As we were not able to find any previously reported direct interaction between Cx26 and NANOG, we focused on known connexin-interacting partners that also interact with NANOG, and FAK emerged as a candidate44. FAK is known to interact with Cx26 and, interestingly, also interacts with NANOG outside the nucleus to phosphorylate NANOG45,46. In addition, FAK has been demonstrated to be essential for TNBC CSC maintenance47, and FAK autophosphorylation at Y397 is an essential event in stem cell self-renewal48. We investigated the role of FAK in TNBC cells by silencing FAK expression in CSCs or by overexpressing FAK in non-CSCs. FAK silencing attenuated the self-renewal of CSCs (Supplementary Fig. 3a), confirming previous reports47, while FAK overexpression induced self-renewal in non-CSCs (Supplementary Fig. 3b) as measured by sphere-formation assays. FAK function is regulated by a series of autophosphorylation events, some of which have been linked to self-renewal49. Therefore, we assessed FAK phosphorylation status in CSCs and non-CSCs enriched using our NANOG promoter-driven GFP reporter. Compared with non-CSCs, CSCs contained higher levels of phosphorylation at FAK residue Y397, the autophosphorylation site important for self-renewal (Supplementary Fig. 3c), while other sites of FAK were phosphorylated to similar levels in the two populations47,49.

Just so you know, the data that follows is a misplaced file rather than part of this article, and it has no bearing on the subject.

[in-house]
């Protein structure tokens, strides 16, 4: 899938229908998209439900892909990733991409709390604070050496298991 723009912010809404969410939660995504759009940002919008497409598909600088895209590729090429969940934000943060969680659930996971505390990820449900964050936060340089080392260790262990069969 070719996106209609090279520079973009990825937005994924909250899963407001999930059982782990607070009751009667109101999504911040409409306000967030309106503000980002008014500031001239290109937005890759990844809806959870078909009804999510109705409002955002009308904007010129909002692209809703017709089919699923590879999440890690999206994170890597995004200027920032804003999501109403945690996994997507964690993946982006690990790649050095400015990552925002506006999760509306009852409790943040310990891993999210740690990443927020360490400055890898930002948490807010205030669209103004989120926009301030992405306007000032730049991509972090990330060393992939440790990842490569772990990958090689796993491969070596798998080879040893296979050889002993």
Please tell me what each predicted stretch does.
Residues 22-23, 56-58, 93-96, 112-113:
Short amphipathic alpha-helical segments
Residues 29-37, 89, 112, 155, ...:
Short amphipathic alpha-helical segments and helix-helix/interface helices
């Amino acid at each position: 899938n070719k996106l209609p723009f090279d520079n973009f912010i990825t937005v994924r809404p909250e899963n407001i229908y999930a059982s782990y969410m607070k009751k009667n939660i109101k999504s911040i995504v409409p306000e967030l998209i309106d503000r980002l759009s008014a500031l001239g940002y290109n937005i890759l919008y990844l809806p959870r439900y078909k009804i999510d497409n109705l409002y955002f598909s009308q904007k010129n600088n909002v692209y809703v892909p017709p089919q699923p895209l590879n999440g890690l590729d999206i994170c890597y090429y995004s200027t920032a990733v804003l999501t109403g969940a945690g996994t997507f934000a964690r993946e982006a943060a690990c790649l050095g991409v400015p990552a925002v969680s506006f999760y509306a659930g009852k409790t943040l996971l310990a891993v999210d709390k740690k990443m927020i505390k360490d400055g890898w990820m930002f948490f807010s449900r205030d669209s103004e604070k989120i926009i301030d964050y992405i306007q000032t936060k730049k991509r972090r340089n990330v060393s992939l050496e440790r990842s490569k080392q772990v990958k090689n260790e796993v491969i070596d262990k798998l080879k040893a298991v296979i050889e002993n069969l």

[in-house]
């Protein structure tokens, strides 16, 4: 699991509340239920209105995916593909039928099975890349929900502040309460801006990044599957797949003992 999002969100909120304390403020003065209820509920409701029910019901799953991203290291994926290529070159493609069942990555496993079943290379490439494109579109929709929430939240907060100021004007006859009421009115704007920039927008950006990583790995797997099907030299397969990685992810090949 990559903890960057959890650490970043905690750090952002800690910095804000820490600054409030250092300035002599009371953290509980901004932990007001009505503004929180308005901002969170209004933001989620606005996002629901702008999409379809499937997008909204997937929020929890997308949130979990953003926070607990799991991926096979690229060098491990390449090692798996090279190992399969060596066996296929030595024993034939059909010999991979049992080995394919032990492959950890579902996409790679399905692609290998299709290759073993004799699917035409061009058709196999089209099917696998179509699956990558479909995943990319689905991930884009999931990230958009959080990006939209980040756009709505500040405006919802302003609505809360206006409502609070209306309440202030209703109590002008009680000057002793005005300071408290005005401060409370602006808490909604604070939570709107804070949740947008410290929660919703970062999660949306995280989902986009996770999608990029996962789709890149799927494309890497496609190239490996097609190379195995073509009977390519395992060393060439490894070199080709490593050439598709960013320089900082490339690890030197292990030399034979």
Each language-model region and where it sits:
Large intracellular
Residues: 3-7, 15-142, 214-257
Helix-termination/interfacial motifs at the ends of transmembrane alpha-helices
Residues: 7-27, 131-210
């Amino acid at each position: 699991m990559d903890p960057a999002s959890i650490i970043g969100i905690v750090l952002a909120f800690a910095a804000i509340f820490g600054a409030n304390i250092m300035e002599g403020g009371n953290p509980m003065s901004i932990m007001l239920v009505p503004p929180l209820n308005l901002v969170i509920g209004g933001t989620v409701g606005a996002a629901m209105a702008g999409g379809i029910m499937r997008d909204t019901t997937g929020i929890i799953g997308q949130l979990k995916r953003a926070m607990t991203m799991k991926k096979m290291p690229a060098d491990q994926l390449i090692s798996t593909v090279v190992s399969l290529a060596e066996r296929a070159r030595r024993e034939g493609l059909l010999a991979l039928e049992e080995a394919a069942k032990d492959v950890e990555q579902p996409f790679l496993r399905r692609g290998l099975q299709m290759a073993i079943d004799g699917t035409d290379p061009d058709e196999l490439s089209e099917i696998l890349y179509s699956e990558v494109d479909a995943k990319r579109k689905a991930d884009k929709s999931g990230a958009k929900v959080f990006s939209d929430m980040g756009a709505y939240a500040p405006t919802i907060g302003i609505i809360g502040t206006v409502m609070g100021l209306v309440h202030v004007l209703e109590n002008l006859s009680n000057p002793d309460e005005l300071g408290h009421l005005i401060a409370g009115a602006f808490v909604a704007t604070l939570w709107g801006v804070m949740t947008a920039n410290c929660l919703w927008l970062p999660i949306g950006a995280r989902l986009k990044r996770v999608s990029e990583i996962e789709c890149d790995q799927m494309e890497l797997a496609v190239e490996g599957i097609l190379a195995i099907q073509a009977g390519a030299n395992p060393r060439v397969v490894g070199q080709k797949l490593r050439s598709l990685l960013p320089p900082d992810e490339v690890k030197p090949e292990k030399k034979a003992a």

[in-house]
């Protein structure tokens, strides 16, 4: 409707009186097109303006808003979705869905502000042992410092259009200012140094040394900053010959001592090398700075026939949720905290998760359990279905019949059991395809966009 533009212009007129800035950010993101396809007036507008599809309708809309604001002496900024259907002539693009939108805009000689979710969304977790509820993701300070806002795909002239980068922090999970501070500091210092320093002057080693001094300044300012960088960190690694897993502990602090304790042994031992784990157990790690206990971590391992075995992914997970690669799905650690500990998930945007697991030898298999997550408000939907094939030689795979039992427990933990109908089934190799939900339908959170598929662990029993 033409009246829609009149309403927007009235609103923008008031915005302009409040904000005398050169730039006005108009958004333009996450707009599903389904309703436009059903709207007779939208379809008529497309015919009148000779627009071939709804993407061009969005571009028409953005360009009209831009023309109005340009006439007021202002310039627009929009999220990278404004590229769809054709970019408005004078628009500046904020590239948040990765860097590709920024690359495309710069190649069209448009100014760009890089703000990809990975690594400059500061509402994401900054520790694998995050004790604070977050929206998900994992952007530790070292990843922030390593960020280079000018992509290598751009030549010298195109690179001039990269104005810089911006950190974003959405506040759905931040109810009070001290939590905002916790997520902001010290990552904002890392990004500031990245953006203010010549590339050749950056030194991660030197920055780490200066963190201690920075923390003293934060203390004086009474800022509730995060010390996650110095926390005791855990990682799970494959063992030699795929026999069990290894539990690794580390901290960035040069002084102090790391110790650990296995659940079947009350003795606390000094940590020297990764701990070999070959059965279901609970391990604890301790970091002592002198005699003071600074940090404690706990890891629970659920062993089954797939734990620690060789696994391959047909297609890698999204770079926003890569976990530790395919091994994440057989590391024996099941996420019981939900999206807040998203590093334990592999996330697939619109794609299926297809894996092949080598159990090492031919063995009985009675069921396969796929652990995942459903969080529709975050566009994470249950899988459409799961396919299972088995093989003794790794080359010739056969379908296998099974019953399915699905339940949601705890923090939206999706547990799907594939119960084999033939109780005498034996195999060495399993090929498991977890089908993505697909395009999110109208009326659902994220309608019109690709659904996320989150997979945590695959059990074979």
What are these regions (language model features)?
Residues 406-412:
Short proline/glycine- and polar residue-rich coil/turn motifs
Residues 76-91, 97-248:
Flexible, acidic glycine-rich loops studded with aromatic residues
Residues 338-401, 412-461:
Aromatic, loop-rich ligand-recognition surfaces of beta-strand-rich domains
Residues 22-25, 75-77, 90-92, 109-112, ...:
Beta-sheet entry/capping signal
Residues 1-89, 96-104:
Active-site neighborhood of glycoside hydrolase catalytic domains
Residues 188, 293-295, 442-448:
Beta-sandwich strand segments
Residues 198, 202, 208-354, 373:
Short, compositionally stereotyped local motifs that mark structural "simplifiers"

To determine whether Cx26, NANOG, and FAK physically interact, we performed immunoprecipitation studies in a diverse set of TNBC cells (Fig. 4a and Supplementary Fig. 4). We analyzed two mesenchymal-like lines (MDA-MB-231 and MDA-MB-157), three basal-like lines (HCC38, HCC70, and MDA-MB-468), and cells from a PDX (TN-1). We also analyzed a luminal breast cancer line (MCF7) and mammary epithelial cells (MCF10A) (Fig. 4b). In all the TNBC lines we analyzed, both FAK and NANOG were co-immunoprecipitated with Cx26 (Fig. 4a and Supplementary Fig. 4). To confirm whether these three proteins exist in a complex, we performed immunoprecipitation using a specific antibody against NANOG or FAK and examined which partners were co-precipitated. In TNBC cells, a FAK antibody co-precipitated both Cx26 and NANOG, while a NANOG antibody likewise co-precipitated Cx26 and FAK (Fig. 4a and Supplementary Fig. 4). However, in MCF7 and MCF10A cells, when FAK was immunoprecipitated, NANOG was barely detected, and when NANOG was immunoprecipitated, FAK and pFAK (Y397) were not detected in the immunoprecipitate (Fig. 4b). We confirmed that Cx26, NANOG, and FAK proteins were expressed at similar levels in all analyzed cells, precluding the possibility that the differences in complex formation were due to differences in protein expression between TNBC, luminal breast cancer, and mammary epithelial cells (Supplementary Fig. 5). These data indicate that both NANOG and FAK interact with Cx26 in TNBC cells but that the NANOG/FAK interaction is not robust in MCF7 or MCF10A cells (Fig. 4c).